The Data Distribution Service: An Intelligent Systems Backbone
Perhaps you haven’t heard the term “Intelligent Systems” yet? Nevertheless I can guarantee that you use at least one Intelligent System device on a regular basis. Any technological device that is able to autonomously communicate to another device as well as access the Internet is an Intelligent System. These devices include the obvious examples of smartphones and GPS navigation systems, but they also include devices and systems such as telemedicine and other medical devices, smart vehicles, smart energy grids, and home automation and security systems.
The Object Management Group (OMG®) is an international, open membership, not-for-profit computer industry standards consortium. Founded in 1989, OMG standards are driven by vendors, end-users, academic institutions and government agencies. OMG Task Forces develop enterprise integration standards for a wide range of technologies and an even wider range of industries.
Adopted by OMG in 2006, the Data Distribution Service (DDS)  middleware standard is being widely and increasingly used in Intelligent Systems. DDS enables scalable, real-time, dependable, transactional, high performance, and interoperable data exchanges between publishers and subscribers. To date, most used in the military and aerospace industries where it was first adopted, DDS’s flexible nature has allowed it to easily find a place across multiple vertical markets: mobile technology, transportation, financial services, and healthcare. Systems that use DDS are not only able to communicate independently of each other (thus eliminating the risk of being knocked “offline” by-or depending too greatly on-another system), but they automatically know how to send and receive messages from other DDS devices without being pre-enabled to do so.
OMG member- Twin Oaks Computing, Inc.-recently released a whitepaper  demonstrating how DDS could be used with the Android operating system. The paper acknowledges that most Android developers today build their apps without middleware as early apps did not communicate off of Android devices. Now that Android has taken a larger part of the market, developers want to adapt their existing apps to the Android operating system: a project that can prove to be very costly and time-consuming! Using Communications Middleware, such as DDS, will not only enable portability across different operating systems, it will also simplify the resulting app’s code, all the while dramatically reducing system complexity.
DDS also reduces development, administrative, and maintenance costs of smartphone apps. Instead of completely rebuilding an app when updates need to be added, DDS can be used to simply integrate the update to the existing system. DDS also allows publishers and subscribers to be either added or subtracted without altering the overall system.
The Android operating system is, of course, only one example of how DDS can be used by Intelligent Systems: Real-Time Innovations , another OMG member, demonstrated in a case study  how the City of Tokyo Metropolitan Highway Line system used DDS to connect a central information-control center with hundreds of information kiosks and displays scattered along the highway. The control center passes information to the kiosks which give drivers information on traffic conditions, projected arrival times, alternate routes, and enforcement points where traffic is being redirected or controlled due to obstructions in the roadways caused by construction or accidents.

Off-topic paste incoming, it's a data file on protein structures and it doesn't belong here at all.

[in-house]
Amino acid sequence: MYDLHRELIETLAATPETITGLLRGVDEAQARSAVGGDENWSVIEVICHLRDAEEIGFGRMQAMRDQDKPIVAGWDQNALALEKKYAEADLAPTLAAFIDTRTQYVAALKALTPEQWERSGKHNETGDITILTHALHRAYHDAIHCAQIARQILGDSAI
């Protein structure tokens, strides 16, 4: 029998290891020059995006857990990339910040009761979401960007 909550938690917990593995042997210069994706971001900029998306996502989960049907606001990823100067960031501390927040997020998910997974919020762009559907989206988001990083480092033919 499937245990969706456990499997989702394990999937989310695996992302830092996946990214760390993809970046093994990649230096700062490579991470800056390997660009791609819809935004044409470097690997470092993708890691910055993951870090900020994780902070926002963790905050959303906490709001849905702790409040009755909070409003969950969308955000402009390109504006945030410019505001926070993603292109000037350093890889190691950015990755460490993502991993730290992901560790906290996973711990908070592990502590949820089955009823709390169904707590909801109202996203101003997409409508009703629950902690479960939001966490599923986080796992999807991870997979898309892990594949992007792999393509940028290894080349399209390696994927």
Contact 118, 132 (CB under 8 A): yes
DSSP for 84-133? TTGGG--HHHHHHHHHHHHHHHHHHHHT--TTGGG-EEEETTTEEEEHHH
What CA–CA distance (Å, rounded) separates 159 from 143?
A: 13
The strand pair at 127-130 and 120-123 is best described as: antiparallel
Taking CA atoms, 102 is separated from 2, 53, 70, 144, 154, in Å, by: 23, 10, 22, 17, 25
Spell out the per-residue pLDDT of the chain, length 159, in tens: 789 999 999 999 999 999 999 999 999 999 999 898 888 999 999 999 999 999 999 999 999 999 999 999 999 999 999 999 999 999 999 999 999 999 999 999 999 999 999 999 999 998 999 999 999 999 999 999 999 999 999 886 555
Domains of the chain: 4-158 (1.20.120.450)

DDS is truly limitless; it can be integrated into a home security system that allows homeowners to turn lights on and off at specific times; home meters that can determine exactly how much energy a house is using and send this data to the utilities company; or as OMG member, Prismtech , demonstrated in a recent presentation: into medical devices  that will connect healthcare staff and patients in diverse geographical locations. This includes home-used devices that transmit medical data to healthcare providers’ offices, and technically advanced scanning and treating devices where data is logged and transmitted.
In order to help the industry reach its full potential using DDS, in the coming months OMG will become more involved with the Industrial Internet: an emerging trend that refers to the integration of big data, the “Internet of Things”, machine-to-machine communications and cyber-physical systems. With the increased use of Intelligent Systems and the Industrial Internet in our daily lives, there may come a time when every automated system you touch will integrate the DDS standard.
To read the full case studies discussed or to download the DDS specification for free, visit www.omg.org/hot-topics/dds.htm .
As Chairman and CEO of OMG, Dr. Richard Soley is ultimately responsible for all of the business of the OMG, including Board of Director activities and oversight of the OMG’s neutral and open Technical Adoption Process. Dr. Soley serves as a valuable resource for a broad range of topics ranging from predictions and trends in the industry to the details of the consortium’s specifications including the Data Distribution Services (DDS), the Common Object Request Broker Architecture (CORBA) and the Unified Modeling Language (UML).